The Glover Report: Has Slave Doll Controversy Entered the New 'Door of No Return'?
Doll controversy, the NAACP, and the Image of Black America
(BALTIMORE – January 9, 2013) – Yesterday, a national attack was in full steam as the “Django Unchained” slave doll controversy hit record proportions by way of the Internet. Between bloggers, journalists, and Social Media – which is most anybody with a computer – the topic was the talk of the web.
While the movie seemed to have gotten a pass, the dolls or action figures have conjured up the vestiges of slavery. Never before in the history of America has there been a mass-produced action figure portraying a slave.
Some of the African American response has questioned why it is a big deal. Other response has been traditional African American – one of paying homage to the ancestors who endured slavery so that the masses could have a better life, yet never forgetting the struggle and how the fight for freedom, justice, and equality never ended. The latter was disgusted with the doll.
Whatever the take, NECA was initially proud of the action figure. On their website, they noted:
“NECA And The Weinstein Company Are Pleased To Announce Agreement To Produce Django Unchained Consumer Products!
NECA to bring line of apparel, action figures, and accessories for Quentin Tarantino’s newest and highly anticipated film, Django Unchained, this winter
The National Entertainment Collectibles Association, Inc. (NECA) is proud to work alongside The Weinstein Company and Quentin Tarantino to produce a full line of consumer products based off of Tarantino’s Django Unchained.
This upcoming western film, written and directed by the legendary Quentin Tarantino (Pulp Fiction, Reservoir Dogs, Kill Bill and more), takes place in the deep south, where a slave-turned-bounty hunter (Jamie Foxx) sets forth to rescue his wife from a brutal but charming plantation owner (Leonardo DiCaprio).
“We’re very excited to bring the stellar cast of Django to life”, says Joel Weinshanker, President of NECA, “and honored to be working with another Tarantino masterpiece”.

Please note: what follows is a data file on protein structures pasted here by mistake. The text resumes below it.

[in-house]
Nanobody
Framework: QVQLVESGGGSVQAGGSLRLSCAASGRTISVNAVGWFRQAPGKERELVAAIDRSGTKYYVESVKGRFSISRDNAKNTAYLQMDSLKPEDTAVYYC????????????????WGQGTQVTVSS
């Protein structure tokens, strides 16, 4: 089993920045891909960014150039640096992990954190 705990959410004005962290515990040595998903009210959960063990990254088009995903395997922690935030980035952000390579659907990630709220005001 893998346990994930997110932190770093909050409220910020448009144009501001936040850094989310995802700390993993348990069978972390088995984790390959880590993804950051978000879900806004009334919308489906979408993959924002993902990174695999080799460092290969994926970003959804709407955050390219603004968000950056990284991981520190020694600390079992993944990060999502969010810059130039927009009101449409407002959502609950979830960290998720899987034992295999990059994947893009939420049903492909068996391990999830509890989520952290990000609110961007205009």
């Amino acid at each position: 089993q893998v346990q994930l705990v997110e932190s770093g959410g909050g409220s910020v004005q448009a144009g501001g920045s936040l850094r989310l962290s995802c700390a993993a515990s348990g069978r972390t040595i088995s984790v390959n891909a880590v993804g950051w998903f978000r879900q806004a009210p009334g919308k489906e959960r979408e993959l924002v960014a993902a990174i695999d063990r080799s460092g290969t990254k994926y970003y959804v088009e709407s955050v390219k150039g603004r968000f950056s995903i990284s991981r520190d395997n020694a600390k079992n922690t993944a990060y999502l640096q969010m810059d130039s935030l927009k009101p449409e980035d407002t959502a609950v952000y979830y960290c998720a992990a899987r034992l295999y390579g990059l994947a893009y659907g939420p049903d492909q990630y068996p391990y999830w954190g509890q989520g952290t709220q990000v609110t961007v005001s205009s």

Similar to the retro toy lines that helped define the licensed action figure market in the 1970s this collection will include poseable 8” action figures with tailored western clothing, authentic weapons and accessories, as well as a full apparel and accessories line. Characters included are:
- Calvin Candie (Leonardo DiCaprio)
- Stephen (Samuel L. Jackson)
- Django (Jaime Foxx)
- Broomhilda (Kerry Washington)
- Butch (James Remar)
- And Dr. King Schultz (Christoph Waltz)
Initial product launch will begin this November 2012.
Yet, yesterday – a firestorm went across America as disdain a’plenty mounted against this product. People asked why in the world would they buy a doll that only lowers the self-esteem of black people.
What’s particularly disturbing to me is that this comes at a time in history when we have our first black president. Why in the world would anybody think it is okay to remind people of such a painful time. What America needs is healing.
These are some of yesterday’s headlines:
NY DAILY NEWS: 'Django Unchained' action figures spark call for national boycott by Rev. Al Sharpton’s National Action Network
'Selling this doll is highly offensive to our ancestors and the African American community,' Rev. K.W. Tulloss, NAC's president in Los Angeles, told the Daily News.
COLOR LINES: Django Unchained Action Figures Causing Even More Controversy
Quentin Tarantino’s slave revenge fantasy “Django Unchained” remained at the number two spot this past weekend and is on track to become the director’s top-grossing film in North America.
The film’s release came with a lot of criticism and new actions figures released alongside the movie are causing even more controversy.
VIBE: Slave Action Figures? Django Unchained Dolls Debut
Django Unchained is a critical success, a box office smash, and one of the buzziest movies of the last year. But it has also been a lightning rod for controversy: from Spike Lee denouncing it to the harsh language and gore, there's been a lot to question about the flick. But this may take the cake.
'Django Unchained' action figures go on sale, stir up controversy
The one piece not found yet is the NAACP’s take on the slave dolls. After all, the NAACP proudly announced an Image Award for the film. I have not seen it. A lot of African Americans – prior to the doll controversy this week – liked the movie and felt like critics, such as Spike Lee, needed to put a sock in it.
So, now that the doll controversy has erupted, doesn’t it really bring to mind just why in the world are we giving an Image Award to this movie in the first place? What image are we talking about here?
Do we give it an Image Award for honor, for charcter, for integrity? Or do we give it an Image Award for killing people – at a time when violence is the last thing America needs? I’m confused. I’m slow. Can somebody help me out? What am I missing here?
I’ll go a step further: What does being black mean any more? What used to be isn’t? What was important is now irrelevant – if you let somebody tell the story who really doesn’t know the story. The truth is – African Americans are amongst the strongest, most beautiful people of planet earth. And, despite a litany of challenges, there is nonetheless a greatness in us that has yet to be explored.
I say, continue to listen to the wisdom of the elders – like Harry Belafonte. A man who has gone every step of the way of the fight for black people in the world – Mr. Belafonte is the quintessential example of a champion for our cause. If we can tap back into the greatness of people like him and Minister Louis Farrakhan, Black America has a chance to rise from the ashes in an unprecedented fashion.
However, unless foolishness like slave dolls are treated for the insult it is, Black America may have entered a new ‘door of no return.’